Interdisciplinary Life Science - PULSe Great research is a matter of choice


Overview of Curricular Requirements

Curricular Requirements

The PULSe curriculum has been designed to provide students with the basic information they will need to succeed in the PULSe TGs during their Ph.D. work. In addition, the curriculum provides a broad and interdisciplinary program of study with the maximum possible flexibility so that students may tailor their programs to their individual needs and explore several training areas before deciding on one for their thesis program. The core requirements are a combination of general courses, TG-specific survey courses and laboratory rotations.

Credit Hours: The core requirements comprise 15-18 credits;

  • 6 credits of general course work, divided into four focus areas (described below);
  • 4-7 credits of TG Introductory courses (2 courses of 2 - 4 credits each); TGs may require additional, specialty coursework, beyond the core requirements.
  • 1 credit of a participatory seminar course;
  • 4 rotation credits of GRAD 60100, performing lab rotations in the first year. Not to be listed on the Plan of Study;
  • 69900 research credits (number of 69900 hours taken are determined on an individual basis by the PULSe Office each semester; note that a total of 90 credit hours are required for the Ph.D.);
  • The student's research progress will be monitored for its ability to meet demands for publication in a peer-reviewed journal. This is one component of the Advisory Committee evaluation performed each year.

Focus Area Courses: There are four required focus areas. One course must be taken to satisfy each area. The core is designed to provide breadth to otherwise very specialized training; therefore, the same course may not be counted as satisfying multiple areas.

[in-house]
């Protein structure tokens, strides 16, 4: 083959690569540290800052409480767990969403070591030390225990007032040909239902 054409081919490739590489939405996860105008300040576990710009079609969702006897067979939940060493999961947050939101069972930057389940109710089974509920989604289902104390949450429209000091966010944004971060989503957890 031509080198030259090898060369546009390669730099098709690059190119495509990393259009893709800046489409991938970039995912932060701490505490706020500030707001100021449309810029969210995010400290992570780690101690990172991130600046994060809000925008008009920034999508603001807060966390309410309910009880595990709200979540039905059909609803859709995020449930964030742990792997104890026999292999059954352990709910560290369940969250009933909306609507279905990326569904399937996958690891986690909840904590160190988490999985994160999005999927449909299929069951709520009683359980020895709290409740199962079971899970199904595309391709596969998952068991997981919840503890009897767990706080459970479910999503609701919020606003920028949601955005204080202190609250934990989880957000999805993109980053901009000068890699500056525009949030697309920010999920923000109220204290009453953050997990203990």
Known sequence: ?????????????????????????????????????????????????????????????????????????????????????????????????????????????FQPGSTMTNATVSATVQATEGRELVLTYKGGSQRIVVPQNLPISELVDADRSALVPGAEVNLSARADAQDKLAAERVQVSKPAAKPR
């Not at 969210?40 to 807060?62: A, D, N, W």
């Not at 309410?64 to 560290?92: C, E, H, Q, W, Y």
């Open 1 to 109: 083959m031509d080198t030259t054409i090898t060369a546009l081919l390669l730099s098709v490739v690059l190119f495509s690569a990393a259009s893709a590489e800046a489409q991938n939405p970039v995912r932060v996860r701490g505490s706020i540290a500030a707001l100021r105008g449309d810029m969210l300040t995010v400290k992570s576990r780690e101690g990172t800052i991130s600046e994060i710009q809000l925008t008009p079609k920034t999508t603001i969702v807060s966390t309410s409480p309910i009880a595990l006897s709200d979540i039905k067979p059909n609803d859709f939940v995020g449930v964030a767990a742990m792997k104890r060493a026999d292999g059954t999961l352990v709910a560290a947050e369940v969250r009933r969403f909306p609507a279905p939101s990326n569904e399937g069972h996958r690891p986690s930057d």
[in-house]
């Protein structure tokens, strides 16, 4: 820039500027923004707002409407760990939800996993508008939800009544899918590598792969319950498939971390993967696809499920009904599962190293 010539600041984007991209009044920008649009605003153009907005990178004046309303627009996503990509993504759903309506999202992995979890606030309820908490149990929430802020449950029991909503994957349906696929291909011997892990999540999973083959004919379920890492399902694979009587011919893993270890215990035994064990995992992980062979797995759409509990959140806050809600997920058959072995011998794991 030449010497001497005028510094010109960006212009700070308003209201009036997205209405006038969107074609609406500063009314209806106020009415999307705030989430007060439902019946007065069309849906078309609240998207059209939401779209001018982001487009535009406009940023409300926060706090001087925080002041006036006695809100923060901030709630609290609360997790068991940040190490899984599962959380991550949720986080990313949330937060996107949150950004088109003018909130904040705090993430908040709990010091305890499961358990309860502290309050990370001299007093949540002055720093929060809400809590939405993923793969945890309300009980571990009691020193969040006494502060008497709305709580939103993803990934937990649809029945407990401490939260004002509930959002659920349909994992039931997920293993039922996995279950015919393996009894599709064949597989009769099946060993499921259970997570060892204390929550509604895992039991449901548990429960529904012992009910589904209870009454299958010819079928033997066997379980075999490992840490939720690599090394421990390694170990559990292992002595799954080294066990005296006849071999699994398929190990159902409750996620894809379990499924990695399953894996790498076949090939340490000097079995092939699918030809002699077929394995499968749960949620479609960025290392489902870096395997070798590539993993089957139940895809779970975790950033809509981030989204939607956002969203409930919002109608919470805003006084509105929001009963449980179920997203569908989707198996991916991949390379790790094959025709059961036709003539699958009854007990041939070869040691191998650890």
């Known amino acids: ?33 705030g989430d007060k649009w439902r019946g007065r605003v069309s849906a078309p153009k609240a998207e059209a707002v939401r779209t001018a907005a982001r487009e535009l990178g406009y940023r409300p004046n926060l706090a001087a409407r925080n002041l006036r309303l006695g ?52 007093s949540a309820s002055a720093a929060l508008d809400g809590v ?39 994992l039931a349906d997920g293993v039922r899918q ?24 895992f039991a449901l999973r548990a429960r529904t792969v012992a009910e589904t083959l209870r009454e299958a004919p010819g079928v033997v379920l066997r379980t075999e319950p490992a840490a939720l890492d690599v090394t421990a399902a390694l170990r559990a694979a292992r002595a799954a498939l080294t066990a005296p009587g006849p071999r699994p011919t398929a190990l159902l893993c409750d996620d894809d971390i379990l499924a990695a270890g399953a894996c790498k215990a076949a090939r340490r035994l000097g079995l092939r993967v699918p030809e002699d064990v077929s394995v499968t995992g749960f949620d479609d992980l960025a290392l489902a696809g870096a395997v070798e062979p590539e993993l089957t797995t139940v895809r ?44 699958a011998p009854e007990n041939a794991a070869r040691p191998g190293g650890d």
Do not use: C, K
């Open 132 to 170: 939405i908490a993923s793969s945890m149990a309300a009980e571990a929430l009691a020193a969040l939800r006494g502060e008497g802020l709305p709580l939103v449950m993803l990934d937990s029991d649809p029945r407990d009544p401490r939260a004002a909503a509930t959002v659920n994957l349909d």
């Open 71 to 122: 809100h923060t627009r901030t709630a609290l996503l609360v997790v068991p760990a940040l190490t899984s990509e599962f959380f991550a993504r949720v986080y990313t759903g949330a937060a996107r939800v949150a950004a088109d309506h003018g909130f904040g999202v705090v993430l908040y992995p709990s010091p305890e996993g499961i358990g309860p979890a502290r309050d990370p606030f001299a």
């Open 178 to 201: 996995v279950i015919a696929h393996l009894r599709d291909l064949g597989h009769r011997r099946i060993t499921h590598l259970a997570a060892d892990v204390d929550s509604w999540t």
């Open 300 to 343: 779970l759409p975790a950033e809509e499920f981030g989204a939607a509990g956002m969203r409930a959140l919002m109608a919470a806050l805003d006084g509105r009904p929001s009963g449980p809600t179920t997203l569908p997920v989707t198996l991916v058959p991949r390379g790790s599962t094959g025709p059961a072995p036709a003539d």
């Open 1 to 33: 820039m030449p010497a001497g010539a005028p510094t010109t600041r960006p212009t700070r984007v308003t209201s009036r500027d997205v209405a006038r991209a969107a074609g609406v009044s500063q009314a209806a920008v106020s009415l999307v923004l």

• Scientific Ethics: One of the following courses must be taken at any time during PULSe graduate training.
    • GRAD 61200 - Responsible Conduct in Research (1 credit) Lecture once per week for 50 minutes per meeting for 8 weeks. Offered: Fall, Spring.Overview of values, professional standards, and regulations that define responsible conduct in research. Students learn the values and standards of responsible research through readings and lecture/discussion and practice application of these values and standards to research situations through class discussion of case studies from life sciences research.
    • HORT 60100 - Planning and Presenting Horticulture Research (1 credit) Lecture once per week for 50 minutes per meeting for 16 weeks. Typically Offered Fall. Students will be familiarized with planning and presenting plant science and horticulture research. Written and oral presentations based on the students' proposed thesis topic will be evaluated. Class trips required. Students will pay individual lodging or meal expenses where necessary. Instructor permission required.
  • Scientific Communication:
    • GRAD 60100 - PULSe Scientific Communications (1 credit/taken twice). Designed to develop the skills needed for effective scientific presentations. Students register for this course in the Fall and Spring semesters of Year 1 of study.
  • Proposal Writing: One of the following courses must be completed before the end of Year 2 of PULSe graduate training; however, the proposal writing class should not be taken during the first year.
    • HORT 60300 - Grants and Grantsmanship (1 credit). Lecture once per week for 50 minutes per meeting for 16 weeks. Offered Spring. Focuses on funding opportunities in agricultural research and techniques of writing successful scientific grant proposals. Students will write a proposal on a research topic of their choice during the course, and they will gain experience in the peer review process by preparing written reviews of proposals and participating in a panel meeting in which proposals are discussed and ranked.
    • MCMP 62500 - Grant Writing (1 credit). Offered Fall. Instructions for the preparation and submission of an NIH-style RO1 grant proposal will be covered. Each student will write and submit a complete proposal. The proposals will be student reviewed in a mock study section at the end of the course.

      Return to top

  • Analysis of Data: This requirement is designed to train students from a variety of backgrounds in methods of acquiring and/or analyzing data in any of the various disciplines within PULSe. As such, there is a menu of courses from which students (and TGs) can choose depending on individual student or TG needs. These courses and their descriptions are listed below. Students must satisfy this requirement by the end of Year 2.